And yes, I managed to pack up my online work from Singapore to Australia (moved in 2003).
In 2005, I founded one of the first blogging networks for women (AboutWeblogs), where I worked with about a dozen amazing women and established some of the earliest beauty, fashion, crafting, and women-related blogs. It was a wonderful time.
My network was later merged with another network, b5media, which then received approximately $10M in VC funding in Toronto, Canada. I worked with b5 from 2006 to 2008, and received a number of amazing accolades during this time, as well experienced some pretty cool stuff like attending a conference in New York City, spending some time in Toronto, and attending BlogWorldExpo in Las Vegas. I left my work at b5media in January 2009, shortly after I was named as one of Fast Company’s “Most Influential Women in Technology (Blogging)”.
By that time, I was burnt out and ready to leave online life. At least, the professional part of it. I didn’t think I’d ever want to come back.
The professional online comeback
For the rest of 2009, I barely kept up with my professional life online. I worked as a consultant/hired blogger/community manager for a friend’s company. And, I went back to freelance writing by contributing to different publications, including an in-flight magazine for one of the budget airlines.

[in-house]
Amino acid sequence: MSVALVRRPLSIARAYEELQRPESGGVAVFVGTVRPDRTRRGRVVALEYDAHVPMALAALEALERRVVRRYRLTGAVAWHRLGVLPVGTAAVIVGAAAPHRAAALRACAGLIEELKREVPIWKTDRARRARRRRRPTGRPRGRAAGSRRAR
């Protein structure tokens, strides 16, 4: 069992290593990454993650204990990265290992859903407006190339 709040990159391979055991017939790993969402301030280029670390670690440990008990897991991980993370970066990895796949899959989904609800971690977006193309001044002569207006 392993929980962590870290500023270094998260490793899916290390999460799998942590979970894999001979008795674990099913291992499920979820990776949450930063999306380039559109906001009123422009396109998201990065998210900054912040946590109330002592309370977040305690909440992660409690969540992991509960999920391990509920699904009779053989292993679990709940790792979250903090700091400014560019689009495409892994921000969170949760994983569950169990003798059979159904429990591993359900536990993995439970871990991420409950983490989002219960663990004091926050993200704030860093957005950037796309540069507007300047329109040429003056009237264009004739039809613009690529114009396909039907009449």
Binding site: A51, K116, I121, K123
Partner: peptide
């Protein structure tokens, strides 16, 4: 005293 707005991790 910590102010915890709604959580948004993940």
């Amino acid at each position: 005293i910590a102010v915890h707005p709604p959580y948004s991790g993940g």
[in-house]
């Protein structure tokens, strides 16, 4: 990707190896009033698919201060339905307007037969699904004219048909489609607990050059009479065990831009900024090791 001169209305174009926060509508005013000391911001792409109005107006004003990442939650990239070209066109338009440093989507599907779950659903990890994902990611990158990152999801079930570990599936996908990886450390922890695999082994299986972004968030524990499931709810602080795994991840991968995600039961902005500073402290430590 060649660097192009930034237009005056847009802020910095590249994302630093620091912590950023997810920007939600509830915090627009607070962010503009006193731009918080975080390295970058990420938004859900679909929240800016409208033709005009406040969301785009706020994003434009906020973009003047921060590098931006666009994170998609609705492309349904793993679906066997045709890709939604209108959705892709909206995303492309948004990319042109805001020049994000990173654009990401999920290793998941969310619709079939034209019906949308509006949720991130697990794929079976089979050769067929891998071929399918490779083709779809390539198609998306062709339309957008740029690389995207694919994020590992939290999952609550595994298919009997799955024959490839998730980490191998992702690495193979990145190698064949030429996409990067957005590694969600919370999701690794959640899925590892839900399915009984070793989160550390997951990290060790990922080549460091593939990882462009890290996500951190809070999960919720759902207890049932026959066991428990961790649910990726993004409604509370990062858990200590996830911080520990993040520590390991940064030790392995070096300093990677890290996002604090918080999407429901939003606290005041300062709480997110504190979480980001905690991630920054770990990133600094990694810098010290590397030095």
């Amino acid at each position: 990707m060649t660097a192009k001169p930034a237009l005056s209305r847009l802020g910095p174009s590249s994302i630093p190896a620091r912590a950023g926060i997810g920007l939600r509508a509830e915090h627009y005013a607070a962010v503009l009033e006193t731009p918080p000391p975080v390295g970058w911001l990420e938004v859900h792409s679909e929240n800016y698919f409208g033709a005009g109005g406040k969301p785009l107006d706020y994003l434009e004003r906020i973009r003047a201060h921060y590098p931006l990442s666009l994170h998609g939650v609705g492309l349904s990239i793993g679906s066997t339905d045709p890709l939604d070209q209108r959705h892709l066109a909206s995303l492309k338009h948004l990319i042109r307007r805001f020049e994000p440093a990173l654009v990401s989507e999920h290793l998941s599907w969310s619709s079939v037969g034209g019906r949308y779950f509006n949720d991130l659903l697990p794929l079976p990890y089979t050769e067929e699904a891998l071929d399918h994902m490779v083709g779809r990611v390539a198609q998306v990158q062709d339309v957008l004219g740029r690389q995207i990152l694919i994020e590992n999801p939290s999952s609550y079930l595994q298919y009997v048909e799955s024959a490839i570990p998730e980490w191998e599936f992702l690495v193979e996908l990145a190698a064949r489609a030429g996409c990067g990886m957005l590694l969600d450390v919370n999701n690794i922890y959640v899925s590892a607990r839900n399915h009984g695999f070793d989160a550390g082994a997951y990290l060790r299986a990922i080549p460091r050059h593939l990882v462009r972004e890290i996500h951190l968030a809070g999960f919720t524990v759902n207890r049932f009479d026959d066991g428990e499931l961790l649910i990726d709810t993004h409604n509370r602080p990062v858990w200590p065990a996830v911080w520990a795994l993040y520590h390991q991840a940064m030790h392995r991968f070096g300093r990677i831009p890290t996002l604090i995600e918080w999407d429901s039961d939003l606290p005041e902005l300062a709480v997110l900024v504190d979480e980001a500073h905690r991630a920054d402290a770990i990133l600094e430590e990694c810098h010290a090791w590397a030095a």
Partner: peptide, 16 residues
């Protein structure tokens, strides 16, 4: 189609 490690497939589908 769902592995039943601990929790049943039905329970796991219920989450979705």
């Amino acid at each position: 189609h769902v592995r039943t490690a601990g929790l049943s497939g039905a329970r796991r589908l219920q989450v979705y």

But, for the most part, I was a full time graduate student and a mum.
In mid-2010, I found myself back to blogging and doing online work. This time, out of the hustle and bustle of a start-up company and away from the corporate scene.
I became a Content and Community Manager for a nonprofit organisation in Australia called Connecting Up, Inc. So, again, I am back to writing blogs, creating content, doing social media, and living my work life online.
Through this work, I ended up in a place that I didn’t quite expect: On stage and presenting in front of hundreds of people around the world. Talking about using social media for social good.
And, every time I met someone who needed my help, I wanted to be able to offer more advice. Give more ideas. Share more resources.
Of course, that’s what I have been building at the Connecting Up site, with the help of my colleagues and some of our fantastic guest bloggers and freelance writers.
But, I realised that sometimes, some of the posts that I need to write don’t belong on our organisation’s site for one reason or another. So, I have been trying to post them on my personal blog.
But, over the last year and a half, the whole personal vs professional thing has been niggling at me again. The way it has niggled at me from the time I realised that my first professional blog, eWriteLife, was no longer a real reflection of my professional life.